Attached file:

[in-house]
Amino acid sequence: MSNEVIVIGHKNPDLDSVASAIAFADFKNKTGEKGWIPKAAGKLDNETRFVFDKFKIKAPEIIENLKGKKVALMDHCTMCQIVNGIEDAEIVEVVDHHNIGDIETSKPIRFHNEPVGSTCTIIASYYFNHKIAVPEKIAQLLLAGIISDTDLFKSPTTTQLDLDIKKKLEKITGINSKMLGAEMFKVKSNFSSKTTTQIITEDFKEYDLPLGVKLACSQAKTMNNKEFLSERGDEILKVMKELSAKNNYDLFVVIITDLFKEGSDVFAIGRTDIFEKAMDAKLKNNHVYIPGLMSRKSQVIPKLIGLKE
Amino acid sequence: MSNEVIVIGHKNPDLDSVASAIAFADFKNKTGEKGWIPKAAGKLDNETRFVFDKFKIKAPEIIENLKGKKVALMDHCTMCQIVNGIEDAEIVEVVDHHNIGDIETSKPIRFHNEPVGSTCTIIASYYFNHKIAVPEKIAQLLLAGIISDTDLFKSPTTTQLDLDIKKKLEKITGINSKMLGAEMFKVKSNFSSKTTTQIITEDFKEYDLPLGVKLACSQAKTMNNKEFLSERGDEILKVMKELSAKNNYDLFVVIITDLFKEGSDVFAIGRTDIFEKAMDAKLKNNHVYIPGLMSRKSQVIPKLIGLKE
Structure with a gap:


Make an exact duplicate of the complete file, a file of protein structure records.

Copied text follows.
[in-house]
Amino acid sequence: MSNEVIVIGHKNPDLDSVASAIAFADFKNKTGEKGWIPKAAGKLDNETRFVFDKFKIKAPEIIENLKGKKVALMDHCTMCQIVNGIEDAEIVEVVDHHNIGDIETSKPIRFHNEPVGSTCTIIASYYFNHKIAVPEKIAQLLLAGIISDTDLFKSPTTTQLDLDIKKKLEKITGINSKMLGAEMFKVKSNFSSKTTTQIITEDFKEYDLPLGVKLACSQAKTMNNKEFLSERGDEILKVMKELSAKNNYDLFVVIITDLFKEGSDVFAIGRTDIFEKAMDAKLKNNHVYIPGLMSRKSQVIPKLIGLKE
Amino acid sequence: MSNEVIVIGHKNPDLDSVASAIAFADFKNKTGEKGWIPKAAGKLDNETRFVFDKFKIKAPEIIENLKGKKVALMDHCTMCQIVNGIEDAEIVEVVDHHNIGDIETSKPIRFHNEPVGSTCTIIASYYFNHKIAVPEKIAQLLLAGIISDTDLFKSPTTTQLDLDIKKKLEKITGINSKMLGAEMFKVKSNFSSKTTTQIITEDFKEYDLPLGVKLACSQAKTMNNKEFLSERGDEILKVMKELSAKNNYDLFVVIITDLFKEGSDVFAIGRTDIFEKAMDAKLKNNHVYIPGLMSRKSQVIPKLIGLKE
Structure with a gap: